Ribbon History


 Ribbons are among the oldest decorative textiles.  People have always looked for ways to adorn their clothing and their possessions. When textiles were fashioned by hand the textiles with the  finest fibers were the most expensive. Simple coarse textiles in plain colors could be adorned with  ribbon added as decoration. In the Middle Ages, exotic ribbons were sold by peddlers throughout Europe.  Geoffrey Chaucer does a mention of "ribbands" used to adorn garments.  Ribbons woven with gold and silver thread and made from silk and other rare fabrics from the Orient were worn by wealthy patrons.  We do not find many intact textiles from this early time because often clothing was in fact burned to collect the precious metals.    Interestingly, during the sixteenth century, the English Parliament tried to make the wearing of ribbons a right of only the nobility. 

During the 17th century, ribbons were very in vogue.  Both men's and women's clothing of this period were extravagant.   Clothing  and every accessory were highly decorated with ribbons in many forms.  Ribbon uses varied from trimming clothing, for use in braiding and curling hair, for ornamenting furniture, and for brightening linens. Demand for ribbons prompted a manufacturing revolution in which Coventry, England, and Lyons, France, became hubs of ribbon design. The  ribbon industry evolved from the silk trade. 

The Victorian Era saw an amazing demand for ribbon when the dresses, underclothes, coats and cloaks, and hats of Victorian ladies used yards of ribbon.

Into Modern time, after World War II ribbon manufacture saw the development of synthetics and paper fibers for use in making gift wrap. The quality and exquisite nature of the ribbons of the past would never be had again.  This is the incredible special nature of vintage ribbon and vintage textiles.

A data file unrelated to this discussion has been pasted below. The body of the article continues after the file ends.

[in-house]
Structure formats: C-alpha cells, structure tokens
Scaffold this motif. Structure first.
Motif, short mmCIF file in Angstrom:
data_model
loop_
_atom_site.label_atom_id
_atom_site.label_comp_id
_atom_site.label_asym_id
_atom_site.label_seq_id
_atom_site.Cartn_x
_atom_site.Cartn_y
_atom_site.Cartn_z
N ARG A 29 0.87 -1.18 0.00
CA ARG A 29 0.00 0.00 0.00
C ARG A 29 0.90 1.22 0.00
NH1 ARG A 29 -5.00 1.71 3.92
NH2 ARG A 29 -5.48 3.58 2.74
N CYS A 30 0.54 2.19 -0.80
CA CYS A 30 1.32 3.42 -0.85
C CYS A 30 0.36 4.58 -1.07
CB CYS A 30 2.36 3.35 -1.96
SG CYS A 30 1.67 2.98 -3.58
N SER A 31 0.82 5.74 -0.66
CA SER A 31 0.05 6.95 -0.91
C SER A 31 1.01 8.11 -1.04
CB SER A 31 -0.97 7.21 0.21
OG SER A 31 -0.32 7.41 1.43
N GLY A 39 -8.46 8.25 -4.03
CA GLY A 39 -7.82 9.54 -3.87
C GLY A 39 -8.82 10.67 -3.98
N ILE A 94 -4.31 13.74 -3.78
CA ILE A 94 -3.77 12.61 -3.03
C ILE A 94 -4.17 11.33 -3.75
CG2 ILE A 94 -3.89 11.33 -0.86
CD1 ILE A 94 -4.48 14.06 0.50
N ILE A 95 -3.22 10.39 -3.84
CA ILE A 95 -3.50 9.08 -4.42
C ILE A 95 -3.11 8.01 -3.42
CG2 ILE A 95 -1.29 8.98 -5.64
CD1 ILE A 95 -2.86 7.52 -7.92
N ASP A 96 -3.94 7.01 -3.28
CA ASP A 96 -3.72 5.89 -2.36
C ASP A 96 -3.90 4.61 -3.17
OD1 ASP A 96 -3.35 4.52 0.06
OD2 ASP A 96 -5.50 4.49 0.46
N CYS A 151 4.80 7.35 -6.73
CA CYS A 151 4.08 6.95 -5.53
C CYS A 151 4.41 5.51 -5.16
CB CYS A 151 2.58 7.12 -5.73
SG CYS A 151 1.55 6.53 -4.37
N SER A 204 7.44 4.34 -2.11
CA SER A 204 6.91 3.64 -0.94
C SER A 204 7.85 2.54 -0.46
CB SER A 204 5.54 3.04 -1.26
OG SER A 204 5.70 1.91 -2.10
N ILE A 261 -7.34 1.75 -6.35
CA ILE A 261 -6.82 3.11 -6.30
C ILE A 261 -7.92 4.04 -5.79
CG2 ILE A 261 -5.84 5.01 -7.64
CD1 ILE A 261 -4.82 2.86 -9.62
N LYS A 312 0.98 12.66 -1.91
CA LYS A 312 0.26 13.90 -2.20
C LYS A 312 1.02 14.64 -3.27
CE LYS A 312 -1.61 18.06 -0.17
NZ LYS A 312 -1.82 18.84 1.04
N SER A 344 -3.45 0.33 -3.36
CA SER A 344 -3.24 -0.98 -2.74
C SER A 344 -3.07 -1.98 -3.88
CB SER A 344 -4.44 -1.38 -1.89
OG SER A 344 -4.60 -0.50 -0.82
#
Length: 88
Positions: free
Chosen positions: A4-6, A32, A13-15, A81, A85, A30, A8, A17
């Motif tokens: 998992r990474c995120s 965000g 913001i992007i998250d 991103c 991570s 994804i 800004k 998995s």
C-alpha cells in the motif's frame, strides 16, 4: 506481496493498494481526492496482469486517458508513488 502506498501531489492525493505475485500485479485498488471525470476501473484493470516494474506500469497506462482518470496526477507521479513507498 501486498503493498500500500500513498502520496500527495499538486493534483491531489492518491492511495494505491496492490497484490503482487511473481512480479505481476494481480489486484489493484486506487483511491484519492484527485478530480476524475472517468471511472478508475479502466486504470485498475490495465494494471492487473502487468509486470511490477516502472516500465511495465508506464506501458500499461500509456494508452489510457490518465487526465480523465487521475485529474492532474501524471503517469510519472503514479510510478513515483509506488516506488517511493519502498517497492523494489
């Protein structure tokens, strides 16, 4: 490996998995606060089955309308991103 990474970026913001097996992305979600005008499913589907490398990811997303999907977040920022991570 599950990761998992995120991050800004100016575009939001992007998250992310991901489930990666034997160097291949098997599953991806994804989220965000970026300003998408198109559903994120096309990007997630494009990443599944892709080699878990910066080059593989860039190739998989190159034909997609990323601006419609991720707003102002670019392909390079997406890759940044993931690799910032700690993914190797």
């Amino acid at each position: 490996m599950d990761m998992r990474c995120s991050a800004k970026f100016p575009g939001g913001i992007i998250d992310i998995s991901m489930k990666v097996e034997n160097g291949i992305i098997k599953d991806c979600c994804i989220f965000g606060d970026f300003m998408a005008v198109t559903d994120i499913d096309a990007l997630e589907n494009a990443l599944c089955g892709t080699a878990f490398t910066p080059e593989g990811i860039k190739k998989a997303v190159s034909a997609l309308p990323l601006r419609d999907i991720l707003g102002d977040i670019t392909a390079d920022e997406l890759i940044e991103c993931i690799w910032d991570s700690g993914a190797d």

Vintage Ribbon fabrication

Ribbon that is used for for fabric adornment is typically made of fabric. Rayon, velvet, silk, and satin ribbon may be the most common types of fabric ribbon; but cotton, wool, and some modern synthetics can be processed in ribbon form. Various surface treatments can also be used to change the appearance of cloth ribbon . The categories of ribbon textures include organdies, satins, velvets, grosgrains, metallics, and natural fibers.  Satin ribbon has a  shiny finish (either single- or double-face), has a wide range of colors, and a wide variety of edges and surface patterns. Velvet ribbon has soft pile, usually on one face only, and can be printed, flocked, or backed with satin, taffeta or silk.. Grosgrains are woven, and the weave usually shows clearly in ribs. Vintage grosgrains are made of cotton and silk, or cotton and rayon and they are very durable. Traditionally, grosgrains were used to decorate ladies' bonnets, and other millinery.

Jacquards are a specialized type of ribbon developed in France.  Jacquard ribbons are noted  for elaborate design woven into the ribbon, and they are very expensive to manufacture.